Also Wired, bless ‘em, completely neglected to mention the other part of my submission, a fun mechatronic gizmo based on the DC16 badge that was indeed inspired partly by a scene in the movie Sneakers. But it’s also to make people think about this kind of sensing, how it might be defeated and what kinds of tools you could carry to improve the user interface of your chosen method. See this recent real-life heist where pyroelectric IR sensors were defeated with (1) polyester shield; and (2) hair spray and moving a certain way:

    Anyway, if you think my hacks sucked, I hope it’ll inspire you to blow everyone away with your own hack next year – we know the processor already, so get started early!

  4. I would have thought a fairly basic requirement of the competition should be to fully utilise the badges’ built in capabilities. Perhaps you even need a separate class for restricted add-ons; the frequency meter deserved more credit for using what was provided.

  5. i’ve got to say, as i was sitting there watching kingpin modeling this i thought: “really? this is the pinnacle of badge hacking?”

    then again, my badge hacking was pretty much “oh shit. i stood up, caught the badge on a table, and ripped off half the components. time to go up to the hhv and put them all back on.”

  6. The judging was done by three people: Me, The Dark Tangent, and Zac Franken (DT’s #2 guy at DEFCON). I knew people would be bitching and complaining about “fairness” since Zoz wanted to enter the contest, even though those who know me know I play no favors. The decision wasn’t only based on technical complexity (which Zoz’s hack didn’t have much of), but also usefulness for the hacker community and just “cool” factor. There are no rules to what portions of the badge need to be used for the hack, but obviously the more of the features I provide are used, the more heavily weighted the entry will be. I’m not going to defend our decision for every single entry (there were 23) As I say every year, if you think you have better hacks for the badge, then come to DEFCON and impress us or just modify your badge and share the results online with the rest of us. -joe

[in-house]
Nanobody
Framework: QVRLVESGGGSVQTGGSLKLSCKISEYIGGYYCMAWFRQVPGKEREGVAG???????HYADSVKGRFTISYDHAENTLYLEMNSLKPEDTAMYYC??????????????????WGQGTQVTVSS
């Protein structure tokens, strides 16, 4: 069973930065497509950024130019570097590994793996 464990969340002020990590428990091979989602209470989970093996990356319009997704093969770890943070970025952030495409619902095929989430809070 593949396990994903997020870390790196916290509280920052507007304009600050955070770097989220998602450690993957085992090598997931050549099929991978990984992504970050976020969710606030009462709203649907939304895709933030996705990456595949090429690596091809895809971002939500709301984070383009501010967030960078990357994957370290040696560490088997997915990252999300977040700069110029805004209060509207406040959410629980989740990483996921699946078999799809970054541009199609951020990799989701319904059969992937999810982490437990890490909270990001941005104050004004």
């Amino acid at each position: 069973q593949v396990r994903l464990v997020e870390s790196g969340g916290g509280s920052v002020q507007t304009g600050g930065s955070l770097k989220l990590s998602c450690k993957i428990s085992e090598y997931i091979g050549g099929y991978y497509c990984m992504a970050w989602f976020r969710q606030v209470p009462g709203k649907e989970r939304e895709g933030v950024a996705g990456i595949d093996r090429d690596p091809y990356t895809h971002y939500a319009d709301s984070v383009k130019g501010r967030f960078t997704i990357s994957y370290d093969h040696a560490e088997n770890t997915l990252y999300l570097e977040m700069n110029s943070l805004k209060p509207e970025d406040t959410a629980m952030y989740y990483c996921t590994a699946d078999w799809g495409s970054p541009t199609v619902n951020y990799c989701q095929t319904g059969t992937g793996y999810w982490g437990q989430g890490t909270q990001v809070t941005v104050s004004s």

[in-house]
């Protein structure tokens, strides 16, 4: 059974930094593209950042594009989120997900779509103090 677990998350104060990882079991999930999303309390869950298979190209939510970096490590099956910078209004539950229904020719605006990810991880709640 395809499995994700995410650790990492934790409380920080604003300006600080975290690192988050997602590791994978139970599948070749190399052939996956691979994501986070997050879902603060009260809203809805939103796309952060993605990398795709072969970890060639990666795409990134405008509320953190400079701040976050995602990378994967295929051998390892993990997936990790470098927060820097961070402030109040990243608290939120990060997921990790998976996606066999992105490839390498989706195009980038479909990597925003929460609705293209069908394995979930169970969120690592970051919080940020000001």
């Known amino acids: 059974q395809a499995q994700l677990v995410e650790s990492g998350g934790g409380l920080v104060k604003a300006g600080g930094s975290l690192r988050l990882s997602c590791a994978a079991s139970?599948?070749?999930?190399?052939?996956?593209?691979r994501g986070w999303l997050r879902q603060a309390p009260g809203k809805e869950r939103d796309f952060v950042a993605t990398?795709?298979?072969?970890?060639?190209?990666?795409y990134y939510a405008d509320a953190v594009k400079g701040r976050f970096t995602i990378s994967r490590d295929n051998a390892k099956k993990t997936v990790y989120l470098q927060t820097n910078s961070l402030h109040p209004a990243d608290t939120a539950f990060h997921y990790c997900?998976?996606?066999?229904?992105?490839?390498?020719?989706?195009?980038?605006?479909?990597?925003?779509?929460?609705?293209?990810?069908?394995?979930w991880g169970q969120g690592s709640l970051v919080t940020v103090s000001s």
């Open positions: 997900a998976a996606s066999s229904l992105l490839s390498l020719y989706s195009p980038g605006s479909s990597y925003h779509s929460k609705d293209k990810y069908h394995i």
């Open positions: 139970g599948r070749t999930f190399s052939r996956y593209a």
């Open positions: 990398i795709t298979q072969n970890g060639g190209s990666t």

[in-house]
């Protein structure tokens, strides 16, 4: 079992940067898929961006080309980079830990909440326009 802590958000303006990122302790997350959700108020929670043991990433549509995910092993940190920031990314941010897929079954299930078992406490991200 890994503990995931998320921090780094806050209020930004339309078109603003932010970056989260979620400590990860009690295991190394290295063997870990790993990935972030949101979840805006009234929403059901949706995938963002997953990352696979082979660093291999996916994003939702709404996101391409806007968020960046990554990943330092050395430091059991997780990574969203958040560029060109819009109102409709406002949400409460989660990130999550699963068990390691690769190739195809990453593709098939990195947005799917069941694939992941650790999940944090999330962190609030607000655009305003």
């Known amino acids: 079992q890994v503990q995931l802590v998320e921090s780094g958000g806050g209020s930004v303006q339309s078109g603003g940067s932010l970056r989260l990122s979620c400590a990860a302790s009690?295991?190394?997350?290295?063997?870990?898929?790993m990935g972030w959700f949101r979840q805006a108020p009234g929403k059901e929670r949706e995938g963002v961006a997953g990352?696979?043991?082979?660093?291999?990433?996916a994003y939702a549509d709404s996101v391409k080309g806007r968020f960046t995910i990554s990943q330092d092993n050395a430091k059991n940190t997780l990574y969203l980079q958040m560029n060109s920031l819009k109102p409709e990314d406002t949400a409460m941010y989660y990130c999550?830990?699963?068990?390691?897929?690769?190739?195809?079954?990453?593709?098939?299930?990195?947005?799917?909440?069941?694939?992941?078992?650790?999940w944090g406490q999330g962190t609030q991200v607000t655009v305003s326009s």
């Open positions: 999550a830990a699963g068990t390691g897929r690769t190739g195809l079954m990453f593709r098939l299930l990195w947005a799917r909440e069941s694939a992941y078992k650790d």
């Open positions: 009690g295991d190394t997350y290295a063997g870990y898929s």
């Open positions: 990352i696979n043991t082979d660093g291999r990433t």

7. I agree that the product should at least be along the lines of the original badge design. Just breaking out the microprocessor with leads to a bunch of gear you brought or made really isn’t hacking the badge – the same thing could have been done with any micro. It isn’t microprocessor hacking, it’s badge hacking, right? I could build a totally awesome robot/device at home then come to defcon, break out the leads, program the badge microprocessor and hook it up to my device. That isn’t badge hacking, is it?

    You should require participants make use of the parts on the badge (i.e. microphone and led) as an active part of their design. Despite all that, all of these were cool hacks and I’m not going to judge because I probably couldn’t have come up with most of those ideas.

  8. @kingpin
    “but also usefulness for the hacker community and just “cool” factor”

    i understand you’re decision not to defend the judging – that’s certainly a can of worms – but i’m still surprised that things like the dirigible were deemed less cool than a blinky hat. i expected more ‘cool sensibility’ from defcon level nerds.

  9. I didn’t make it this year but was pretty surprised when I saw the winner after reading about the other entries.

    That said, what the hell do I know, I wasn’t there.

    Kudos to just about everyone involved for posting their thoughts on various sites without being dicks.

  10. Hat’s off to zoz for the facial recognition fooler, plus it looks cool.

    Also the guy that had a blue box going was pretty cool. He even had to replace the chip when someone zapped it with a flash emp!

    The FFT thing wasn’t than complex, it was just an extension of already existing stuff on the badge. The original badge firmware already does FFT in order to drive the RGB LED.

    I’ve put up a simple page with notes, pictures, and the firmware source that I used to create it.

    Can’t wait till next year!